Hitchhiking viruses can survive on microplastics in freshwater

Hitchhiking viruses can survive on microplastics in freshwater, new study finds
Graphical abstract. Credit: Environmental Pollution (2022). DOI: 10.1016/j.envpol.2022.119594

Scientists have proven for the first time that viruses can survive and remain infectious by binding themselves to plastics in freshwater—raising concerns about the potential impact on human health.

Rotavirus, which causes diarrhea and an upset stomach, was found to survive for up to three days in by attaching itself to the surfaces of tiny beads of plastic pollution, called microplastics.

The study, led by the University of Stirling, is the first of its kind to explore the issue using water taken from the natural environment—with previous research focusing only on the spread of such viruses in sterile hospital settings.

The new findings form part of the wider Plastic Vectors project, which is investigating how in the environment can help transport bacteria and viruses, and the impact that may have on human health.

Professor Richard Quilliam, lead researcher on the project at the University of Stirling, said: "We found that viruses can attach to microplastics, which allows them to survive in the water for three days, possibly longer.

"Even if a is doing everything it can to clean sewage waste, the water discharged still has microplastics in it, which are then transported down the river, into the estuary and end up on the beach. We weren't sure how well viruses could survive by 'hitch-hiking' on plastic in the environment, but they do survive, and they do remain infectious.

"Microplastics are so small that they could potentially be ingested by someone swimming, and sometimes they wash up on the beach as lentil-sized, brightly colored pellets called nurdles that children might pick up and put in their mouths. It doesn't take many to make you sick.

"And if the viruses then release themselves from the plastic into the water or the sand, their persistence in the environment is increased."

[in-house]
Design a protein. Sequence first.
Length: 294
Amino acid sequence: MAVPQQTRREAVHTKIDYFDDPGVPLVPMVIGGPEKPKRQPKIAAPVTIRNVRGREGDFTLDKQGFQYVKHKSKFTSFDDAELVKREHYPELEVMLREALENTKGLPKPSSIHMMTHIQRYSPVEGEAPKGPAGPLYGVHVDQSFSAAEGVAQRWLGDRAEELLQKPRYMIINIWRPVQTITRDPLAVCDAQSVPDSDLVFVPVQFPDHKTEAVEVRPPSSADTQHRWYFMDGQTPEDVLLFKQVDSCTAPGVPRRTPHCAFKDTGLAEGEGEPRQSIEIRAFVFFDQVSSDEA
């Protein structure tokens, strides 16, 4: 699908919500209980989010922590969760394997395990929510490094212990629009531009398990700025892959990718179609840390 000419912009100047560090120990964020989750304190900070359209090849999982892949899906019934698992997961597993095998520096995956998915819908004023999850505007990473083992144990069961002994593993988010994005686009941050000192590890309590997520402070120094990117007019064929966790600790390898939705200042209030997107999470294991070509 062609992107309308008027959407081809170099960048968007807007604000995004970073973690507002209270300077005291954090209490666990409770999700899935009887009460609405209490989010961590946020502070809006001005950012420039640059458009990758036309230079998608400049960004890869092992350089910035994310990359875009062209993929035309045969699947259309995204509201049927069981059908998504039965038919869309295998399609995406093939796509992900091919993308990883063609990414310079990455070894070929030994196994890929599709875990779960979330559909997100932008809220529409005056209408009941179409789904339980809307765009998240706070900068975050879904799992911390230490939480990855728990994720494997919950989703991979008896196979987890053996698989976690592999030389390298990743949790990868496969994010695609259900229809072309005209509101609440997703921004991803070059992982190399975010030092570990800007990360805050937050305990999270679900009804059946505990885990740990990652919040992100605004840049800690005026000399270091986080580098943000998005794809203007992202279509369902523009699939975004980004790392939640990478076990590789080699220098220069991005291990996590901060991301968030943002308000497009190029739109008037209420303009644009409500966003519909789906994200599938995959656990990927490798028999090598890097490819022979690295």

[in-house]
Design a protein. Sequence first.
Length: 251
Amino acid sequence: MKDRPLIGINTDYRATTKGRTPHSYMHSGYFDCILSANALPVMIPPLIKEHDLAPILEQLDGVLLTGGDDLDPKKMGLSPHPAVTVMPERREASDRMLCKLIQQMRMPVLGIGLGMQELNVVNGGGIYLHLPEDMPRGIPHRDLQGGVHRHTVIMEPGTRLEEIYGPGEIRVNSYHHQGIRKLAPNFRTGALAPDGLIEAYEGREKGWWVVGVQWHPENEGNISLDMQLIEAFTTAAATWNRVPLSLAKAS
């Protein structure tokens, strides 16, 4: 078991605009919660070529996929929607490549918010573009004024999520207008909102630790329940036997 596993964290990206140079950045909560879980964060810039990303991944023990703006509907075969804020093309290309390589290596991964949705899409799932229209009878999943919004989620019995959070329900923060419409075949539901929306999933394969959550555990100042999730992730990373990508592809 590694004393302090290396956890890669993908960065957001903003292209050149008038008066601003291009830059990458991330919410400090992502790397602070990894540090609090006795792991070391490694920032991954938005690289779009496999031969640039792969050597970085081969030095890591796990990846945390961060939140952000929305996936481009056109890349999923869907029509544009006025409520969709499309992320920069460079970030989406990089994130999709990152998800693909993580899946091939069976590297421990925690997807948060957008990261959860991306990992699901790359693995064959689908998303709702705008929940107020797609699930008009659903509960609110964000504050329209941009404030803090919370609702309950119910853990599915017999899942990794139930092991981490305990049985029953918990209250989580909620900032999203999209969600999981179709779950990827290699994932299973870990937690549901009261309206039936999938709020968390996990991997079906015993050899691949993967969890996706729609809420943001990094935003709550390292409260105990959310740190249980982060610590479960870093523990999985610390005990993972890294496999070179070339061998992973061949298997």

The researchers tested two types of viruses—those with an envelope, or "lipid coat" around them, such as the flu virus (they tested bacteriophage Phi6), and those without: enteric viruses, such as and norovirus (they tested rotavirus strain SA11). They found that in those with an envelope, the envelope quickly dissolved, and the virus was deactivated, whereas those without an envelope successfully bound to the microplastics and survived.

"Viruses can also bind to natural surfaces in the environment," said Professor Quilliam. "However, plastic pollution lasts a lot longer than those materials.

"This research is very much a proof-of-concept for conducting more research into how long pathogens can survive by binding to microplastics, as we only tested for three days, and what happens to them next."

The paper, "Binding, recovery, and infectiousness of enveloped and non-enveloped associated with plastic pollution in ," is published in the journal Environmental Pollution.

More information: Vanessa Moresco et al, Binding, recovery, and infectiousness of enveloped and non-enveloped viruses associated with plastic pollution in surface water, Environmental Pollution (2022). DOI: 10.1016/j.envpol.2022.119594

Journal information: Environmental Pollution

Citation: Hitchhiking viruses can survive on microplastics in freshwater (2022, June 27) retrieved 21 September 2023 from https://phys.org/news/2022-06-hitchhiking-viruses-survive-microplastics-freshwater.html
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